It was clear that even Mobi didn't know her whereabouts. Retrieving is not his strong suit, but even he made little forays out into the darkness as if trying to look for her.

I tried to put out of my mind the possibility that she was truly lost, wandering across the grasses, calling, whistling, but in truth, I was beside myself. How could I go home again with one beagle and one empty leash? How could I stand before Victoria and tell her that I'd lost that little dog? How could I break her heart like that, with all that she is trying so bravely to deal with?

But in the end, that's what we did, Mobi and I; we walked home, calling and whistling and straining to look. I had a tiny hope that Lexi maybe had preceded us, and would be waiting at home with a befuddled Vicky with many questions. As we started down the mountain though, I looked out over the valley with its hundreds and thousands of homes, and saw how very far away and insignificant our home was, and couldn't muster much hope that a little beagle could navigate the maze.

And sure enough, when we got home -- no Lexi.

Vicky has such grace. Even after the awful, terrible week of sickness and fatigue she's had, she took the news with equanimity. She started when I told her, and asked a few clarifying questions, then, without a trace of recrimination, she simply started making plans for how we would look for Lexi. We got in the truck, and began retracing our steps -- down the long road to the trailhead, stop and yell and whistle up the dark trail, then backtrack along to the dirt rugged pipeline road, driving slowly with the windows down and the cold streaming into the cab, calling and whistling until our voices were sore and mouths tired from whistling.

And no dog.

We found ourselves back at the house, sitting in the darkened living room with the front porch light on, watching out the front window, hoping beyond hope that our little dog hadn't been found by a coyote, and that she would have the intelligence and presence of mind to find her way back.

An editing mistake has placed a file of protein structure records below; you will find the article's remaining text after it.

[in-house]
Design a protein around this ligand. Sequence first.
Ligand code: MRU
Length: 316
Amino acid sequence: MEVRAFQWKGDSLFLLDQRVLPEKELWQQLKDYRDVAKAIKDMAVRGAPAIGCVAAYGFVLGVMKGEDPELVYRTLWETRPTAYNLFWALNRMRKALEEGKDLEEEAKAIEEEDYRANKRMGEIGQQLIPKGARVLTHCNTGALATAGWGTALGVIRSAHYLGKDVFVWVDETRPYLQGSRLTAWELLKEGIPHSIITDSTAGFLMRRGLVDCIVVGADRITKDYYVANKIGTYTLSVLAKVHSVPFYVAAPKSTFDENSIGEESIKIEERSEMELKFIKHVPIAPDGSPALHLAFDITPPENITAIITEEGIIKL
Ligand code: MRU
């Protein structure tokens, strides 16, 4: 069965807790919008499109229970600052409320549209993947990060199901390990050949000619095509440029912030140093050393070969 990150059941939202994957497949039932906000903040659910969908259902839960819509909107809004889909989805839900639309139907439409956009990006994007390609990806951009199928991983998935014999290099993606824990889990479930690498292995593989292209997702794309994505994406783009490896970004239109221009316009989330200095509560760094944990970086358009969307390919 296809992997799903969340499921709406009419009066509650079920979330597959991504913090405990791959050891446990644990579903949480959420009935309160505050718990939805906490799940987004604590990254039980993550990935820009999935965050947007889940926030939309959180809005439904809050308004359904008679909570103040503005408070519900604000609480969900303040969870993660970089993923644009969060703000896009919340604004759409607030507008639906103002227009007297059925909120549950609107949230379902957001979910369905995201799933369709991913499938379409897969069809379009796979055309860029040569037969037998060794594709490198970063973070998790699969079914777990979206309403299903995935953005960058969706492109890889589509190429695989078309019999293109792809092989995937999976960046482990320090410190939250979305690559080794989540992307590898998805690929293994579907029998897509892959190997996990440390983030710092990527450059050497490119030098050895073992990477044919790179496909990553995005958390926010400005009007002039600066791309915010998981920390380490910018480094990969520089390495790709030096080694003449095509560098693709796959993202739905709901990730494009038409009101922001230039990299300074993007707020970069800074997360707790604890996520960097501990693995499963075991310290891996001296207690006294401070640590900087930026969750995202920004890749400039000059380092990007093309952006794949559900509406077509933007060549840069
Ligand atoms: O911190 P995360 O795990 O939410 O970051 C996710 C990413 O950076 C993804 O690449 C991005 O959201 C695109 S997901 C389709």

We sat and watched and talked quietly for an eternity. We talked about all those stories when pets made long journeys to find their masters. We wondered if The Incredible Journey had any basis in truth, but again, we found great comfort in the fact that my father's dog Putter came all the way from Logan Canyon to find his home again.

"But then again," Vicky said, "Maybe she won't make it back." And her lip trembled.

Then Vicky started from her seat. "Look!" She pointed out the window.

There, wandering from the street into the pool of light was a little brown and white dog. Our little prodigal dog. We threw the door open and there never was such a welcome.

Turns out -- they do come back.

We lost our daughter Genny when she was 14 years old. It wasn't really all at once, but friends and life choices slowly took her away from us, and for years we were beside ourselves, praying and hoping and thinking about how we could bring her back. She would dip back into our lives, like Forrest Gump's Jenny, but then she would be gone again, and the gnawing uncertainty would begin afresh.

What parent hasn't waited in that darkened living room, looking out the window, hoping their child will step into that pool of light?

Last week, I sat with my 31-year-old daughter Genny in her sacrament meeting, surrounded by her two boys, and watched the way she smiled and loved those children, and thought about the wonderful way she has been with Vicky, calling her and giving her thoughtful gifts, being there completely for her. Our prodigal daughter, now a beautiful, poised, accomplished woman.

Turns out -- they do come back.